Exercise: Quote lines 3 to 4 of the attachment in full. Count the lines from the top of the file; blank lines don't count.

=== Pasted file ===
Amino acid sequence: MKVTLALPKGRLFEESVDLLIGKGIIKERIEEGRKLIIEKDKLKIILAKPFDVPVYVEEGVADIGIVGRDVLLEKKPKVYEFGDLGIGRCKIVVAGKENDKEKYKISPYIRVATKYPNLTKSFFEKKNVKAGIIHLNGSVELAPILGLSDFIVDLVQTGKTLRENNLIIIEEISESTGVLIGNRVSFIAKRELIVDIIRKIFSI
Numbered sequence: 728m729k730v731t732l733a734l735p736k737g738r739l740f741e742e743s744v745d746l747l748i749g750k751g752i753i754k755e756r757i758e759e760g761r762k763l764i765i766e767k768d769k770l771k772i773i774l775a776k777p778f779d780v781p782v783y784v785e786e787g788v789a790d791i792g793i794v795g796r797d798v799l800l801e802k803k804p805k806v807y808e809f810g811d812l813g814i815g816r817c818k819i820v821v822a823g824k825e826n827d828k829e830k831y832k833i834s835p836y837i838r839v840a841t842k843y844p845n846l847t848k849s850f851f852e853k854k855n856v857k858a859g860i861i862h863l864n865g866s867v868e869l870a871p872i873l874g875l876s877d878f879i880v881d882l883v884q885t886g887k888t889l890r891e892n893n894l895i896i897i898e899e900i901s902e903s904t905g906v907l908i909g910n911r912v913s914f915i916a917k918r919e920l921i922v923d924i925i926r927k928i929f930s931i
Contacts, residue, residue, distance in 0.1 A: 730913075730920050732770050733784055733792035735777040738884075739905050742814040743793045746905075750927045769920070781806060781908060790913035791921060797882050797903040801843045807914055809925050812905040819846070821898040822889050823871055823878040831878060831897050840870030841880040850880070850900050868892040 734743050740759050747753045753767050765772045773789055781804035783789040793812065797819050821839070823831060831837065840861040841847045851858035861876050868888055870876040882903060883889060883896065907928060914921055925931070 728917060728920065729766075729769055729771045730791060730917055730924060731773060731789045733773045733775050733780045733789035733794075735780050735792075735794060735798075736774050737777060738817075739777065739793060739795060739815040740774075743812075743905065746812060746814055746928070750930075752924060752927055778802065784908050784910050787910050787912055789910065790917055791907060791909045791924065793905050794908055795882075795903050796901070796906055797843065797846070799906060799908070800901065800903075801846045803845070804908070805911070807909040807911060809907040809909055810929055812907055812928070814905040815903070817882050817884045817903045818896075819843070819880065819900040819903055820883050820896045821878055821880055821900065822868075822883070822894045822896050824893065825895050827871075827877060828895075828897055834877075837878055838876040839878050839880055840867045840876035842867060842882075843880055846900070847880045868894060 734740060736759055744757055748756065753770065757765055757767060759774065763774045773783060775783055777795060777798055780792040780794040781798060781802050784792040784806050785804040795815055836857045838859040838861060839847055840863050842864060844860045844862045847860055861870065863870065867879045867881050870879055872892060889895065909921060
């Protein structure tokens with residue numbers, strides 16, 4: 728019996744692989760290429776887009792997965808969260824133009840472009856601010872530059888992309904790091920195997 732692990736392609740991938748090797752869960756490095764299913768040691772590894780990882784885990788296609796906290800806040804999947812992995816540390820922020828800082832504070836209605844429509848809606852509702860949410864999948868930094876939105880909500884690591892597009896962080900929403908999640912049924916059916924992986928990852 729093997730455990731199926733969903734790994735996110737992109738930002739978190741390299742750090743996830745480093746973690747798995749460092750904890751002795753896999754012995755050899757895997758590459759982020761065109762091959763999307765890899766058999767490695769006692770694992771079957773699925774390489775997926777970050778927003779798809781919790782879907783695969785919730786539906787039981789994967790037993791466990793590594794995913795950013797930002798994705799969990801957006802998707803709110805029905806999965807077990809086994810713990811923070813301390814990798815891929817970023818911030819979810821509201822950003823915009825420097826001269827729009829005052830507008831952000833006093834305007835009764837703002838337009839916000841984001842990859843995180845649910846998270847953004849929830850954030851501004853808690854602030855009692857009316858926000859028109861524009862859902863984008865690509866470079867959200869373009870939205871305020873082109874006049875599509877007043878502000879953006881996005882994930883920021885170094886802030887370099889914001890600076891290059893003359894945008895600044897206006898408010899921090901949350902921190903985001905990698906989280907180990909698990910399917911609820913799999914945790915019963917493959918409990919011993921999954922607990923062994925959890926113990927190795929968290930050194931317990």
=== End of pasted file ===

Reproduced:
Contacts, residue, residue, distance in 0.1 A: 730913075730920050732770050733784055733792035735777040738884075739905050742814040743793045746905075750927045769920070781806060781908060790913035791921060797882050797903040801843045807914055809925050812905040819846070821898040822889050823871055823878040831878060831897050840870030841880040850880070850900050868892040 734743050740759050747753045753767050765772045773789055781804035783789040793812065797819050821839070823831060831837065840861040841847045851858035861876050868888055870876040882903060883889060883896065907928060914921055925931070 728917060728920065729766075729769055729771045730791060730917055730924060731773060731789045733773045733775050733780045733789035733794075735780050735792075735794060735798075736774050737777060738817075739777065739793060739795060739815040740774075743812075743905065746812060746814055746928070750930075752924060752927055778802065784908050784910050787910050787912055789910065790917055791907060791909045791924065793905050794908055795882075795903050796901070796906055797843065797846070799906060799908070800901065800903075801846045803845070804908070805911070807909040807911060809907040809909055810929055812907055812928070814905040815903070817882050817884045817903045818896075819843070819880065819900040819903055820883050820896045821878055821880055821900065822868075822883070822894045822896050824893065825895050827871075827877060828895075828897055834877075837878055838876040839878050839880055840867045840876035842867060842882075843880055846900070847880045868894060 734740060736759055744757055748756065753770065757765055757767060759774065763774045773783060775783055777795060777798055780792040780794040781798060781802050784792040784806050785804040795815055836857045838859040838861060839847055840863050842864060844860045844862045847860055861870065863870065867879045867881050870879055872892060889895065909921060
């Protein structure tokens with residue numbers, strides 16, 4: 728019996744692989760290429776887009792997965808969260824133009840472009856601010872530059888992309904790091920195997 732692990736392609740991938748090797752869960756490095764299913768040691772590894780990882784885990788296609796906290800806040804999947812992995816540390820922020828800082832504070836209605844429509848809606852509702860949410864999948868930094876939105880909500884690591892597009896962080900929403908999640912049924916059916924992986928990852 729093997730455990731199926733969903734790994735996110737992109738930002739978190741390299742750090743996830745480093746973690747798995749460092750904890751002795753896999754012995755050899757895997758590459759982020761065109762091959763999307765890899766058999767490695769006692770694992771079957773699925774390489775997926777970050778927003779798809781919790782879907783695969785919730786539906787039981789994967790037993791466990793590594794995913795950013797930002798994705799969990801957006802998707803709110805029905806999965807077990809086994810713990811923070813301390814990798815891929817970023818911030819979810821509201822950003823915009825420097826001269827729009829005052830507008831952000833006093834305007835009764837703002838337009839916000841984001842990859843995180845649910846998270847953004849929830850954030851501004853808690854602030855009692857009316858926000859028109861524009862859902863984008865690509866470079867959200869373009870939205871305020873082109874006049875599509877007043878502000879953006881996005882994930883920021885170094886802030887370099889914001890600076891290059893003359894945008895600044897206006898408010899921090901949350902921190903985001905990698906989280907180990909698990910399917911609820913799999914945790915019963917493959918409990919011993921999954922607990923062994925959890926113990927190795929968290930050194931317990």